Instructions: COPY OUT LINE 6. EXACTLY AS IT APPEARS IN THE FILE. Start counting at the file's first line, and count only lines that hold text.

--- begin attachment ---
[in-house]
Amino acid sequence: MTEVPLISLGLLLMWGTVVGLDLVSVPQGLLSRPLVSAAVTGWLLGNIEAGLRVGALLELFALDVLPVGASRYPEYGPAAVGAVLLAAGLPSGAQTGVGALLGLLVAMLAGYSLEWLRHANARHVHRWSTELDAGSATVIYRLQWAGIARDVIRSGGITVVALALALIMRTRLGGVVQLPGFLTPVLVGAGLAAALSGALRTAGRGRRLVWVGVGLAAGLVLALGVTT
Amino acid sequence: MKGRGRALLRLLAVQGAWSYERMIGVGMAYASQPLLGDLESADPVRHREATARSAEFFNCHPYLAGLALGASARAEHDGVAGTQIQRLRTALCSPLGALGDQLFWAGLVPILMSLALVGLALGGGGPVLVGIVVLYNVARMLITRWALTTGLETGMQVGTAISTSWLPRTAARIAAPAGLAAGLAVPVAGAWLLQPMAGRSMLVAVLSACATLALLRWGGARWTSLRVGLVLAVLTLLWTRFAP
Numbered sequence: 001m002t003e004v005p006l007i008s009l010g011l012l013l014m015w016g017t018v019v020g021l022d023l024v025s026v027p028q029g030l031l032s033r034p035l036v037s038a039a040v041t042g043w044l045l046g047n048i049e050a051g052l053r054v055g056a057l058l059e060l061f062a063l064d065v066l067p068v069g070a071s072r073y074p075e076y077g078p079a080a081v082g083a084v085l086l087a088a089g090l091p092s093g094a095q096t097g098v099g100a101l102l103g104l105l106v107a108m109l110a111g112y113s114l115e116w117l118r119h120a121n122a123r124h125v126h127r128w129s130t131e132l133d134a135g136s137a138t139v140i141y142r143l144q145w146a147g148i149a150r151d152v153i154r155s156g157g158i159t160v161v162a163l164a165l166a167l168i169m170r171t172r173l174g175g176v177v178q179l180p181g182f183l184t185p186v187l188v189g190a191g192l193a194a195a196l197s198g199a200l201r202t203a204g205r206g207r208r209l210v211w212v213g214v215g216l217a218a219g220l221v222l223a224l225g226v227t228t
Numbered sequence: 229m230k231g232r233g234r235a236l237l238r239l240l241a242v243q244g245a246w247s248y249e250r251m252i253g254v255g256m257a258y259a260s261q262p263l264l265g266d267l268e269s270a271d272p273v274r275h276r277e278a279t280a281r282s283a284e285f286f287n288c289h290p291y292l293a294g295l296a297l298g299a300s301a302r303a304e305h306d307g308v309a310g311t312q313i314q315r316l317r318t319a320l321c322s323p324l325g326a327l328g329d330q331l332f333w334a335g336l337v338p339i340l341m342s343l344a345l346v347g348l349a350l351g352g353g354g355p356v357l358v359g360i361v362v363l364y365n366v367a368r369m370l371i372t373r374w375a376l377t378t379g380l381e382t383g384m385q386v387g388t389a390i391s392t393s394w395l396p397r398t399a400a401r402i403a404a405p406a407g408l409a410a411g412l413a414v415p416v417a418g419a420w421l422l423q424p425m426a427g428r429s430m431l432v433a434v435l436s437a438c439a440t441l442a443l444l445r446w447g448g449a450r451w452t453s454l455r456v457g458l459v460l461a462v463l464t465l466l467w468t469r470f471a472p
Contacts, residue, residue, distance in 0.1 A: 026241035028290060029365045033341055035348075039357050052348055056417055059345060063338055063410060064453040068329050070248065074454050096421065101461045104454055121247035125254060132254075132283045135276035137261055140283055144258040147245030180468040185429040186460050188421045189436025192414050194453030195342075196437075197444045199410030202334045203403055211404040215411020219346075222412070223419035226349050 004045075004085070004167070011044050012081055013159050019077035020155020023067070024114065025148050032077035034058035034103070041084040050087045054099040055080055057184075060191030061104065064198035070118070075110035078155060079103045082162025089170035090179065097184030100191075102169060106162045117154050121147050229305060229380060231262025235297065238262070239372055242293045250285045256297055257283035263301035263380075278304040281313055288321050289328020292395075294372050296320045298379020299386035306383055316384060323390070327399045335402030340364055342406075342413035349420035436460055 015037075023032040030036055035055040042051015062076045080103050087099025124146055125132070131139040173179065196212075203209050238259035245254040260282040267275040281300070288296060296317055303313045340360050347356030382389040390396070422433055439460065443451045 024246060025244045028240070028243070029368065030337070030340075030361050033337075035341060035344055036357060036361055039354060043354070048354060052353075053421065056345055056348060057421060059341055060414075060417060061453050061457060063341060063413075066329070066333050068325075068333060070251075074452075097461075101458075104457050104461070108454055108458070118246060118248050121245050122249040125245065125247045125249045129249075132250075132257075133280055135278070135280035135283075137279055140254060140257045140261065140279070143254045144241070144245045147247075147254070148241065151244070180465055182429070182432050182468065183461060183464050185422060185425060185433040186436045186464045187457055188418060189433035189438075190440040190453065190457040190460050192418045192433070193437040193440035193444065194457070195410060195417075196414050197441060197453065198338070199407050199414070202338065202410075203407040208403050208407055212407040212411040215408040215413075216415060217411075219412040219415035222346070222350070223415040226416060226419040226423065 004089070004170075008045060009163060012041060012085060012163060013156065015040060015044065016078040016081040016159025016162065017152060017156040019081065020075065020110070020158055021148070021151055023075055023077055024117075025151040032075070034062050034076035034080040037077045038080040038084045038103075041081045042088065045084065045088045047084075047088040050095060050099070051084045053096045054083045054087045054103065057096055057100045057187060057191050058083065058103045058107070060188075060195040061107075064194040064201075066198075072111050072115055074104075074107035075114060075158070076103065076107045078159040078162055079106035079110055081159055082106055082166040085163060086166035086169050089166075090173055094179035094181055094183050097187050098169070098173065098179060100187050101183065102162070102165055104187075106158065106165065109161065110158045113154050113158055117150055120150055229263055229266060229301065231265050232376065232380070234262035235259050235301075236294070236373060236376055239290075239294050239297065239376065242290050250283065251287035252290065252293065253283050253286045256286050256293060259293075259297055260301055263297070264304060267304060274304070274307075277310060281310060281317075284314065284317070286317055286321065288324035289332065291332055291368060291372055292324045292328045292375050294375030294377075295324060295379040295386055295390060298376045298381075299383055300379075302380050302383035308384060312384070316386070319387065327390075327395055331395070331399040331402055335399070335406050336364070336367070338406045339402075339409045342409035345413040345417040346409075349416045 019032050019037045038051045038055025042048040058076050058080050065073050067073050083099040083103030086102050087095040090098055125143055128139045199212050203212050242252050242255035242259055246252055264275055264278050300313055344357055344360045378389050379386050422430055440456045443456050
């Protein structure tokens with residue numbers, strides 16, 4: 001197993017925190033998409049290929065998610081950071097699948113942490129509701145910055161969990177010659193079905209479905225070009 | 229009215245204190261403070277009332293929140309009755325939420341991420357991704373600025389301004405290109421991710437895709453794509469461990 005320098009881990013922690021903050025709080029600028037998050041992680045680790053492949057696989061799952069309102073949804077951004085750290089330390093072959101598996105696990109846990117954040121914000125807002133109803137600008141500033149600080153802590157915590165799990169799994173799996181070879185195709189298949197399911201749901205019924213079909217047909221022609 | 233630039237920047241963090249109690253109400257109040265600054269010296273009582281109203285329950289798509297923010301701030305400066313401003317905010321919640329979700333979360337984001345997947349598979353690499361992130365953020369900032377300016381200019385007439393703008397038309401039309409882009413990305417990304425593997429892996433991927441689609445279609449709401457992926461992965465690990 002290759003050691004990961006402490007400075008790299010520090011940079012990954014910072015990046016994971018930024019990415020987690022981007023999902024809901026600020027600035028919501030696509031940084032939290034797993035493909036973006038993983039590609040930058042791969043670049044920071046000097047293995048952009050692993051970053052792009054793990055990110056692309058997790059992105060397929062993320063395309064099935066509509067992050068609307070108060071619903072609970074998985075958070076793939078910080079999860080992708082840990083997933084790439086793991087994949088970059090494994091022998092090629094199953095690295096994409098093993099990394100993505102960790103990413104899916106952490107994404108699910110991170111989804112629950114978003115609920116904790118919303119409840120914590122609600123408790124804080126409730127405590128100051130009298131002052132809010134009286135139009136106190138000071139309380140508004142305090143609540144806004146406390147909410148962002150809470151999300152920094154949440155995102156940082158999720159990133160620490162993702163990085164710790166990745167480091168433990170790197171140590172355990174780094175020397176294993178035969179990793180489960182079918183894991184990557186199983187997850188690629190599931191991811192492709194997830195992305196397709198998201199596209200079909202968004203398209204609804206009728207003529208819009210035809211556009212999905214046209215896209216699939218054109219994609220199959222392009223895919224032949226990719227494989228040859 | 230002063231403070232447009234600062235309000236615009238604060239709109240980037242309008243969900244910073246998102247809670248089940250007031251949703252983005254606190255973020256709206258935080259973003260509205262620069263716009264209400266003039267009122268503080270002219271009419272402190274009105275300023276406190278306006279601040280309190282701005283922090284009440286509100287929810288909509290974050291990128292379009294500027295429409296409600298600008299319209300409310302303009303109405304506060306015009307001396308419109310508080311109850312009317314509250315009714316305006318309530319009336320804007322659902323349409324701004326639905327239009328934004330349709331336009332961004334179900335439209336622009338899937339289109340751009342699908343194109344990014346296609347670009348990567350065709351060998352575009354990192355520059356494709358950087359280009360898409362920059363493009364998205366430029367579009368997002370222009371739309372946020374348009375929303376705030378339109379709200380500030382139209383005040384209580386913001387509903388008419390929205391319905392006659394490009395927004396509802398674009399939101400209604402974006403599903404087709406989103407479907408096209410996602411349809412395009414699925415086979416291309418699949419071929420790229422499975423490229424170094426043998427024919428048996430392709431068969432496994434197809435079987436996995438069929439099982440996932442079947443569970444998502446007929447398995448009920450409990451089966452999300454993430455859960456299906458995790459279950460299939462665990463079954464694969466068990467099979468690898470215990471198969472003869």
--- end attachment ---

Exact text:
Contacts, residue, residue, distance in 0.1 A: 026241035028290060029365045033341055035348075039357050052348055056417055059345060063338055063410060064453040068329050070248065074454050096421065101461045104454055121247035125254060132254075132283045135276035137261055140283055144258040147245030180468040185429040186460050188421045189436025192414050194453030195342075196437075197444045199410030202334045203403055211404040215411020219346075222412070223419035226349050 004045075004085070004167070011044050012081055013159050019077035020155020023067070024114065025148050032077035034058035034103070041084040050087045054099040055080055057184075060191030061104065064198035070118070075110035078155060079103045082162025089170035090179065097184030100191075102169060106162045117154050121147050229305060229380060231262025235297065238262070239372055242293045250285045256297055257283035263301035263380075278304040281313055288321050289328020292395075294372050296320045298379020299386035306383055316384060323390070327399045335402030340364055342406075342413035349420035436460055 015037075023032040030036055035055040042051015062076045080103050087099025124146055125132070131139040173179065196212075203209050238259035245254040260282040267275040281300070288296060296317055303313045340360050347356030382389040390396070422433055439460065443451045 024246060025244045028240070028243070029368065030337070030340075030361050033337075035341060035344055036357060036361055039354060043354070048354060052353075053421065056345055056348060057421060059341055060414075060417060061453050061457060063341060063413075066329070066333050068325075068333060070251075074452075097461075101458075104457050104461070108454055108458070118246060118248050121245050122249040125245065125247045125249045129249075132250075132257075133280055135278070135280035135283075137279055140254060140257045140261065140279070143254045144241070144245045147247075147254070148241065151244070180465055182429070182432050182468065183461060183464050185422060185425060185433040186436045186464045187457055188418060189433035189438075190440040190453065190457040190460050192418045192433070193437040193440035193444065194457070195410060195417075196414050197441060197453065198338070199407050199414070202338065202410075203407040208403050208407055212407040212411040215408040215413075216415060217411075219412040219415035222346070222350070223415040226416060226419040226423065 004089070004170075008045060009163060012041060012085060012163060013156065015040060015044065016078040016081040016159025016162065017152060017156040019081065020075065020110070020158055021148070021151055023075055023077055024117075025151040032075070034062050034076035034080040037077045038080040038084045038103075041081045042088065045084065045088045047084075047088040050095060050099070051084045053096045054083045054087045054103065057096055057100045057187060057191050058083065058103045058107070060188075060195040061107075064194040064201075066198075072111050072115055074104075074107035075114060075158070076103065076107045078159040078162055079106035079110055081159055082106055082166040085163060086166035086169050089166075090173055094179035094181055094183050097187050098169070098173065098179060100187050101183065102162070102165055104187075106158065106165065109161065110158045113154050113158055117150055120150055229263055229266060229301065231265050232376065232380070234262035235259050235301075236294070236373060236376055239290075239294050239297065239376065242290050250283065251287035252290065252293065253283050253286045256286050256293060259293075259297055260301055263297070264304060267304060274304070274307075277310060281310060281317075284314065284317070286317055286321065288324035289332065291332055291368060291372055292324045292328045292375050294375030294377075295324060295379040295386055295390060298376045298381075299383055300379075302380050302383035308384060312384070316386070319387065327390075327395055331395070331399040331402055335399070335406050336364070336367070338406045339402075339409045342409035345413040345417040346409075349416045 019032050019037045038051045038055025042048040058076050058080050065073050067073050083099040083103030086102050087095040090098055125143055128139045199212050203212050242252050242255035242259055246252055264275055264278050300313055344357055344360045378389050379386050422430055440456045443456050